In many schools, the usual approach to discipline is to teach toward obedience using rewarding, telling, and punishing. These are all various forms of manipulation, pressure, or coercion—and often induce stress and resistance. By contrast, if a discipline approach is used where students are motivated to be responsible, then obedience becomes a natural by-product.
The fact is that young people—pre-school through 12th grade—want to be responsible, but we are using ineffective approaches to help them. However, when schools implement the Hierarchy of Social Development as described in Discipline Without Stress, they reduce discipline problems, improve classroom management, and increase academic performance.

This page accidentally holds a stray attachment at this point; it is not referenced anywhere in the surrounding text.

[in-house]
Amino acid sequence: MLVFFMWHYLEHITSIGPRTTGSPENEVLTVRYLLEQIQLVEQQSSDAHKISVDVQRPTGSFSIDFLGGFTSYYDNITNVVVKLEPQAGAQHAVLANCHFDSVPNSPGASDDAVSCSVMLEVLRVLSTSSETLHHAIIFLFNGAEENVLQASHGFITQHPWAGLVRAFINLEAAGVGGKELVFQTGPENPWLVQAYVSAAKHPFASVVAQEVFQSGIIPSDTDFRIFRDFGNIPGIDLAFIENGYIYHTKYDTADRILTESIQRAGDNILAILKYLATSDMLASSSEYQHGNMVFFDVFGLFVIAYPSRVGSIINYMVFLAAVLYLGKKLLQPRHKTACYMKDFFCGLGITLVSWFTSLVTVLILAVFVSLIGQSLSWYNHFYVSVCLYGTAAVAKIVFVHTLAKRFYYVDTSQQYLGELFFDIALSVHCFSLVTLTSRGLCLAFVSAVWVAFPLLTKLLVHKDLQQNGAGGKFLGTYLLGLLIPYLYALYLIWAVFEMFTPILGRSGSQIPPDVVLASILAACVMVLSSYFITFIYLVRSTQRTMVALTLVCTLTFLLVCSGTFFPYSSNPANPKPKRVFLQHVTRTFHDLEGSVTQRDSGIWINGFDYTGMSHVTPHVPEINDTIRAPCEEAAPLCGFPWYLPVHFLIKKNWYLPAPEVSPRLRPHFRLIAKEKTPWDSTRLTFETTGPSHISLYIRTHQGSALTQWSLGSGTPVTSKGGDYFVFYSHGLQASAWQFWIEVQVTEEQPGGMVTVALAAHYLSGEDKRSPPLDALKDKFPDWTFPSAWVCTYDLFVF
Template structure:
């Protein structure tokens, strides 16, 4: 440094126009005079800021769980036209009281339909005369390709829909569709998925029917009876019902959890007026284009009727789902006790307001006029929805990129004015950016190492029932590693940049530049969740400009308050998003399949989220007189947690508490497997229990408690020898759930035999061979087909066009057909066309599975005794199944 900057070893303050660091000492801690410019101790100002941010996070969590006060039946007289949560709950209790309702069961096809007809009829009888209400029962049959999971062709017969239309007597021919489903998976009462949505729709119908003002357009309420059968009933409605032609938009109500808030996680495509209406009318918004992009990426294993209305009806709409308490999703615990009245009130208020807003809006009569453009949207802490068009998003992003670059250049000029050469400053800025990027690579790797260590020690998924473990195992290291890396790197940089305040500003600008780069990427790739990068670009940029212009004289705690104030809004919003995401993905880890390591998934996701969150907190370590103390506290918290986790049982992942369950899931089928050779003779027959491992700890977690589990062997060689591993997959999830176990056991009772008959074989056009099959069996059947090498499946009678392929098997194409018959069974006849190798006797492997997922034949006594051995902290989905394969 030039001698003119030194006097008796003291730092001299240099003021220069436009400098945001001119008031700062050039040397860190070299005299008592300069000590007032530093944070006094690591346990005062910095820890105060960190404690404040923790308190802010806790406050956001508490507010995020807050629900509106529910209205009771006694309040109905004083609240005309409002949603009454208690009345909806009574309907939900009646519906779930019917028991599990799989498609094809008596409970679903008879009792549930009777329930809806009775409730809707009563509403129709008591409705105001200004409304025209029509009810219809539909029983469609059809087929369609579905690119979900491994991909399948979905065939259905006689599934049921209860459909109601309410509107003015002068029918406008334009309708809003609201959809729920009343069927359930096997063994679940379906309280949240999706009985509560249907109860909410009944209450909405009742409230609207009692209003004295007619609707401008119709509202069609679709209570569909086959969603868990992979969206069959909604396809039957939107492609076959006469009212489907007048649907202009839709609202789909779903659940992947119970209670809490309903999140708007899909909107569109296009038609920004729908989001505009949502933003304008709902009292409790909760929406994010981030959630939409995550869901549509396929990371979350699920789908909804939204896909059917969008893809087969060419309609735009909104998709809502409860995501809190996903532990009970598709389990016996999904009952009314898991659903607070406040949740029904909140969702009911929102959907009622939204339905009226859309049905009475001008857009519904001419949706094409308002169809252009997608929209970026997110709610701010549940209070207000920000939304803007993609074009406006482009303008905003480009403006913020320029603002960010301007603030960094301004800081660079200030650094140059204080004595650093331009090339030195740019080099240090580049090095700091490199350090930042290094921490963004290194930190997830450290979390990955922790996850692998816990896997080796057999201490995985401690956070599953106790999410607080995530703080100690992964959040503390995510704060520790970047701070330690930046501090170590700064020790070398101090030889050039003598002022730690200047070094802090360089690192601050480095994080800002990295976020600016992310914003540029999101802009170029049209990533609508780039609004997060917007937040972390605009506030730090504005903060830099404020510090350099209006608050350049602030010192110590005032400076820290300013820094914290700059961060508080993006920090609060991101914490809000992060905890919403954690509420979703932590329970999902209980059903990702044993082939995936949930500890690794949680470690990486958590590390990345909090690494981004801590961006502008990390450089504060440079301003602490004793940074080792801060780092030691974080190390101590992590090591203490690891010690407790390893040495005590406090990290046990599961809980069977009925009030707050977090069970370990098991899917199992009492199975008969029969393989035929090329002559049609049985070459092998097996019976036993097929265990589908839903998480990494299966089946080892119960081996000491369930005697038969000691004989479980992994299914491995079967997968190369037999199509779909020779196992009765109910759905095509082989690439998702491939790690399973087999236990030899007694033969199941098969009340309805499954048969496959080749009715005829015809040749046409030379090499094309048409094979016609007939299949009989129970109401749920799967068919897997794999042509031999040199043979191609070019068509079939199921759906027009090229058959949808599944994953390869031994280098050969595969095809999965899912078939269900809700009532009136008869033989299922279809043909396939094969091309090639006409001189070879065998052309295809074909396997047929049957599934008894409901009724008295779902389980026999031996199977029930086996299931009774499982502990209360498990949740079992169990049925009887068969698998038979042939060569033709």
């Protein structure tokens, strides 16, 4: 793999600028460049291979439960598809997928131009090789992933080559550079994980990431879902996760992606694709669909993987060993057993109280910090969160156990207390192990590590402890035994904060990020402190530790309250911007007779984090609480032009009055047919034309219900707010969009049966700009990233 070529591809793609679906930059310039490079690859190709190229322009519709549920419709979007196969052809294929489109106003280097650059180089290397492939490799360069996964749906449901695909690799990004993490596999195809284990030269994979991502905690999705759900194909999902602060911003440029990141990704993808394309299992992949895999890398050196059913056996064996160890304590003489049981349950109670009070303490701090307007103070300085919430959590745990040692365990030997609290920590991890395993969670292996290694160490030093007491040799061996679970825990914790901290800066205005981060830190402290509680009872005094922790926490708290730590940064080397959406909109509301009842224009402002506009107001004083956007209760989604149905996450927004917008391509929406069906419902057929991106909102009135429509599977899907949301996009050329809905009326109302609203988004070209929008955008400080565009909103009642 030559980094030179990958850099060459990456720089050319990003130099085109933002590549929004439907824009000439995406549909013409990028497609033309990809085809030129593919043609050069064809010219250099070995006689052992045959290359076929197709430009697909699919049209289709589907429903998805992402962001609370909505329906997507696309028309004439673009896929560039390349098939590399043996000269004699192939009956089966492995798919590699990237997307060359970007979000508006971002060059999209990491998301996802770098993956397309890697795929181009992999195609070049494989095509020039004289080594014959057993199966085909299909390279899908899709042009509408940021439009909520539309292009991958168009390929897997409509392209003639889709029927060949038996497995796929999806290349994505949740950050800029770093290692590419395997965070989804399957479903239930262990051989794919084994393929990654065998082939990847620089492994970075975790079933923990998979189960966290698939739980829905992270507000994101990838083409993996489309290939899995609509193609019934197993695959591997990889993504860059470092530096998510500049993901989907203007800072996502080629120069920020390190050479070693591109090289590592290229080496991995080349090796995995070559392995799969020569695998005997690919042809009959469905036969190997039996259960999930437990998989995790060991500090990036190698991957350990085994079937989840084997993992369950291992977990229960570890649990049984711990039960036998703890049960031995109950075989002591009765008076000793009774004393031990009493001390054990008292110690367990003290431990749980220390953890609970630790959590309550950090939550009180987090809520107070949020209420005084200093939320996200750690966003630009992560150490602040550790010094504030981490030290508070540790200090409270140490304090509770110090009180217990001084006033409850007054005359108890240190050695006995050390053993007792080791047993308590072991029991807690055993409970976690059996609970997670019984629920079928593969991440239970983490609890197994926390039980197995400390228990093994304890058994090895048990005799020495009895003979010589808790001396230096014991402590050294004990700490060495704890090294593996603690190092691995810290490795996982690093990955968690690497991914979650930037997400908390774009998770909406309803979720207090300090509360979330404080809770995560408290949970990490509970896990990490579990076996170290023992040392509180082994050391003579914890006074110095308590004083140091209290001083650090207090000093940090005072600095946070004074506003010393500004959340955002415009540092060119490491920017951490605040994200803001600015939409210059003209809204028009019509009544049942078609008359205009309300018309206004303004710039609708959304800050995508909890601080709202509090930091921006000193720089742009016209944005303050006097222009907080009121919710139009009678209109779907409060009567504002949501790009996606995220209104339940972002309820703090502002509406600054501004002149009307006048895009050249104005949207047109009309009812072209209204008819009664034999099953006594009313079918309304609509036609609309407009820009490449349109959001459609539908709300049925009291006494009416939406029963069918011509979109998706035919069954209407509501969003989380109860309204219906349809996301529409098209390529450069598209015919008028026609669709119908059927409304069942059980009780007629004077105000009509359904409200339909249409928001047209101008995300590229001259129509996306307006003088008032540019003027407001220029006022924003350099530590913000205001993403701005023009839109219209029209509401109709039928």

How is this possible? It is the effect of the Hierarchy of Social Development—how people grow—that makes teaching it so valuable.
Using the hierarchy separates the act from the actor, the deed from the doer, irresponsible behavior from a good person. Separation is critical so people don’t feel the natural impulse to defend themselves, their behavior, or their choices.
- Using the hierarchy brings attention to the fact that people are constantly making choices.
- Using the hierarchy fosters intrinsic motivation so young people WANT to behave responsibly and WANT put forth effort to learn.
- Using the hierarchy fosters character development without mentioning values, ethics, or morals.
For more information about bringing this powerful and exciting system that promotes motivation for learning and raises individual and social responsibility to your school, click here.